The natural looking facelift result is the most important goal to most patients that consider or undergo the procedure. Few patients want to look like they have had a facelift or look excessively pulled. (windswept look) Patients desire to set the clock back so to speak and look like a more youthful version of themselves. Having scars that are well hidden and not easily observed by even hairdressers is part of the natural look. Patients are also interested in the time of recovery and may even choose a lesser operation so they can resume normal activities sooner.
Having performed many facelifts over the past twenty years, I have made numerous observations that impact how I perform a facelift today and how I qualify patients for the procedure. One has to look past the marketing names and the hype surrounding many cleverly named facelift procedures to determine what type of procedure they are actually having done.
Since patients today present for facelift surgery at a wide range of ages, their skin quality and looseness and their hair characteristics (density, position and hairstyle) all impact in how the facelift is performed. Generally patients have three main areas of concern about their aging face although in younger patients not all may be present. These include a loose neck with a double chin or neck bands, the development of jowls and lack of a smooth jawline and the appearance of nasolabial fold and marionette lines. Facial wrinkles are also of concern although less than the three previously mentioned concerns.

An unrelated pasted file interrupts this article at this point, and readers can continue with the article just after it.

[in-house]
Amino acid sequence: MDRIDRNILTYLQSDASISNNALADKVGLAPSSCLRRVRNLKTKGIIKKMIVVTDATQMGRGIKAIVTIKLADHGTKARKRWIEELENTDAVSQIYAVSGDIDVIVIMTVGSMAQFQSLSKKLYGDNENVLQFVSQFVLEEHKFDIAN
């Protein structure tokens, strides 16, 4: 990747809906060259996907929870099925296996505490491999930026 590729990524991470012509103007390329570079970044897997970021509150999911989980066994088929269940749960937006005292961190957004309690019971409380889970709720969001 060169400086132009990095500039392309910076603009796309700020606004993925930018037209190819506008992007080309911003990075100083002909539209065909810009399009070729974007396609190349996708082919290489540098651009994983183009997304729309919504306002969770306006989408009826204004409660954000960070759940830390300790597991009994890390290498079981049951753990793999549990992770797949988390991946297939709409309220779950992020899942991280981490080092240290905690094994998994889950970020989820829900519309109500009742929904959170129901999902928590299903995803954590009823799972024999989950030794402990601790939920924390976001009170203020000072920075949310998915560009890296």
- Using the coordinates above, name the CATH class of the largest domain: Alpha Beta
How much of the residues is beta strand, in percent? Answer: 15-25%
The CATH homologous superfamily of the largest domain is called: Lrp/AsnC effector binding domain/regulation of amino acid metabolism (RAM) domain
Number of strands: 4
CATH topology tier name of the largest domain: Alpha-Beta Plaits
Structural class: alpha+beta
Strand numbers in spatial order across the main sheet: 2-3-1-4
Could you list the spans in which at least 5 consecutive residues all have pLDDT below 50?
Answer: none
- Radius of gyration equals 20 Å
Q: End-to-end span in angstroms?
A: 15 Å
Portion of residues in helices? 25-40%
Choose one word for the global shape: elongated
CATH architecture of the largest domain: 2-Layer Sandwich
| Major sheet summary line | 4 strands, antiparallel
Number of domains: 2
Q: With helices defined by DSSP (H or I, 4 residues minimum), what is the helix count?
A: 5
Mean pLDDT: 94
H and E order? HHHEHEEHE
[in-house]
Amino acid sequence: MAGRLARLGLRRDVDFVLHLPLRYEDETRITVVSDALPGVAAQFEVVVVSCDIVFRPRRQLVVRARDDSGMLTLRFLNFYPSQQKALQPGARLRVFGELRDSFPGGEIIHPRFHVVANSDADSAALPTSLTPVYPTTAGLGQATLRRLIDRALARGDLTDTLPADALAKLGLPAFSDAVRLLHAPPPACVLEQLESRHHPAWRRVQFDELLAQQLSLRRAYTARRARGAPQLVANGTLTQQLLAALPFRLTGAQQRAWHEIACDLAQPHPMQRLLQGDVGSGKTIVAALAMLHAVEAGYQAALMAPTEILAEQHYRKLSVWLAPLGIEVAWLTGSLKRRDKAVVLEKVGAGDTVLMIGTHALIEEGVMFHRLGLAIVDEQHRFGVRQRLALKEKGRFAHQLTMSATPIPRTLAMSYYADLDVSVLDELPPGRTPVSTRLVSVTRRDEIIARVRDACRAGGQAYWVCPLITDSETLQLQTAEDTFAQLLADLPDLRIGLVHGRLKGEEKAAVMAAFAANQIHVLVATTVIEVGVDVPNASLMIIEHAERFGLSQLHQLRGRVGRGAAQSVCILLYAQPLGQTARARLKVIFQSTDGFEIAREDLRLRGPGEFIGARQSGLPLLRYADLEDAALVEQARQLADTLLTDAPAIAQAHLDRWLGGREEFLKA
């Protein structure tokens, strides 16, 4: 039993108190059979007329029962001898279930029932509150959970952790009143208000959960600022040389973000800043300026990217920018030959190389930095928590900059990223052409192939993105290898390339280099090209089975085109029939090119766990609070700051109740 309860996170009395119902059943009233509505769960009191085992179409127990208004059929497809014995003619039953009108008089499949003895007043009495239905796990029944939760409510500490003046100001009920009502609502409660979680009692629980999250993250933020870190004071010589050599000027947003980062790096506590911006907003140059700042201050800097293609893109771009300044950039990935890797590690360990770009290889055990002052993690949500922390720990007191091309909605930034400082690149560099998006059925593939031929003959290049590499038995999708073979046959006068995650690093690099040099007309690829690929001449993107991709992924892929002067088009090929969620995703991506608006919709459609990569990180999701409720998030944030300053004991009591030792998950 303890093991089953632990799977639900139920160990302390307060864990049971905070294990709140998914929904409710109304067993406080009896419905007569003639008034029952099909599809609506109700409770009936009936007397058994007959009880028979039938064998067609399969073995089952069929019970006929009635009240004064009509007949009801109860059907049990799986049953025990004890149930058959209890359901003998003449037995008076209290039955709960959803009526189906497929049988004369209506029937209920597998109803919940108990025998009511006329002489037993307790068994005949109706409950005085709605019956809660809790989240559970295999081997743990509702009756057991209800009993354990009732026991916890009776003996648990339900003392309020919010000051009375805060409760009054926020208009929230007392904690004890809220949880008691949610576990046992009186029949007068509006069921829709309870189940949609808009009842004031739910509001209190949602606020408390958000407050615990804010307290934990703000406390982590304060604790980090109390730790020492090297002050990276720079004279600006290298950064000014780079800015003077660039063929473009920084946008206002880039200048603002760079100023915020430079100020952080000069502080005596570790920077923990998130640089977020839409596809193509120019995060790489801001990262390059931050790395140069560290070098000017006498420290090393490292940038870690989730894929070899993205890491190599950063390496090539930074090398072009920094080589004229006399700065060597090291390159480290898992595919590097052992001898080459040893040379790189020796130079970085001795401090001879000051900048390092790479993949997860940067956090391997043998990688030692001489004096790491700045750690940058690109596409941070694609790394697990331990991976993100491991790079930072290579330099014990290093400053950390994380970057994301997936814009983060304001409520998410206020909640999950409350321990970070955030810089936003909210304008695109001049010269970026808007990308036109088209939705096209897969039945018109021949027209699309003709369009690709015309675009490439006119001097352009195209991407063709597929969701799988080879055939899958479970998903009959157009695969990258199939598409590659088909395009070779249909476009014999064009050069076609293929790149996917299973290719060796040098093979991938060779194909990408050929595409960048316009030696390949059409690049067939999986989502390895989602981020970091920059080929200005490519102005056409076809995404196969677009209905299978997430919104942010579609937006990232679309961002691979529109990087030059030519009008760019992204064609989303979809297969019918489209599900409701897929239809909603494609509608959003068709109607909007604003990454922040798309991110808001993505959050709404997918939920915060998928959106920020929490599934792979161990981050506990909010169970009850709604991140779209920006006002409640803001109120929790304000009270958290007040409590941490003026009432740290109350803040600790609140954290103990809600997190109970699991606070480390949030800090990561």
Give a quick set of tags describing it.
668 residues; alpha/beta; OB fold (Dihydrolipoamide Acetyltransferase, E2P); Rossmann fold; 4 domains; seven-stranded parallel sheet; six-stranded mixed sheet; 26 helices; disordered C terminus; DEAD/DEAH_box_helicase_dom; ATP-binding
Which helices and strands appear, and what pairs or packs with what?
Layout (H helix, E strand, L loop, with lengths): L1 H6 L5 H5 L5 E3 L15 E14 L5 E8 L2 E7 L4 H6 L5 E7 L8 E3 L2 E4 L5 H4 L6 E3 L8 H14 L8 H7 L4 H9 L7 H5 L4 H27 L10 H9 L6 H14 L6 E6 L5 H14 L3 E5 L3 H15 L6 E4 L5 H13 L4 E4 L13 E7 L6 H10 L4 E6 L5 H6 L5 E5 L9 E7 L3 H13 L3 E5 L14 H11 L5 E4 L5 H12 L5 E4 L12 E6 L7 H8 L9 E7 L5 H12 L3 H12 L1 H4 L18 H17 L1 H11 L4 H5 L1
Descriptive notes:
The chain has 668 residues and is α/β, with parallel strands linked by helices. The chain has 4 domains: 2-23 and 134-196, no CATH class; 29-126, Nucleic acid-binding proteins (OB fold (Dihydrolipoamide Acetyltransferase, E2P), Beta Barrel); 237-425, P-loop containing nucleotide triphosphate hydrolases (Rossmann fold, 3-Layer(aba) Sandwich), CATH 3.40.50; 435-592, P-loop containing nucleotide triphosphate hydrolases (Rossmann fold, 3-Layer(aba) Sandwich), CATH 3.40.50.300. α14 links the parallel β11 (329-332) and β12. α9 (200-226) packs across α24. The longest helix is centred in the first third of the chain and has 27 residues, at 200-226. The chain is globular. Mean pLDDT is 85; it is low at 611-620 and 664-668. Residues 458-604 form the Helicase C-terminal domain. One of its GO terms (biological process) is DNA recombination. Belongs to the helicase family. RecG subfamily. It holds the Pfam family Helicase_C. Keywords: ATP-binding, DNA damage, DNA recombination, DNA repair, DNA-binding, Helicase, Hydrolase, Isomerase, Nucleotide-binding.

In discussing facelift surgery with patients, it is extremely important to point out what it does not do as much as what it can do. Patients will often lift up on their cheeks and say this is the change they want. Or because of some social stigmas about having a ‘facelift’, they lift up and back on their neck and say this the change they want but are definitely not interested in any type of ‘facelift’. One of the great misconceptions about this form of facial rejuvenation is that it will lift up drooping mouth corners or remove lip lines. These common misconceptions must be dispelled during the initial consultation as any misunderstanding about them will lead to an early disapppointment after surgery when the swelling has subsided.
The facial aging changes determines the type of facelift that the patient needs. Not every patient needs the exact same type of operation to get a good result. In my experience facelift surgery can be broken down to three basic types based on the amount of surgery needed. These types differ based on the degree of skin undermining (short or long flaps), the type of SMAS manipulation (lateral face) and how the plastymal muscle is treated. (neck) A In short, a Type 1 facelift is primarily a jowl effacing procedure, a Type 2 facelift treats both the jowls and the neck while a Type 3 facelift is for the extensive turkeynecks or the very heavy neck.
Dr. Barry Eppley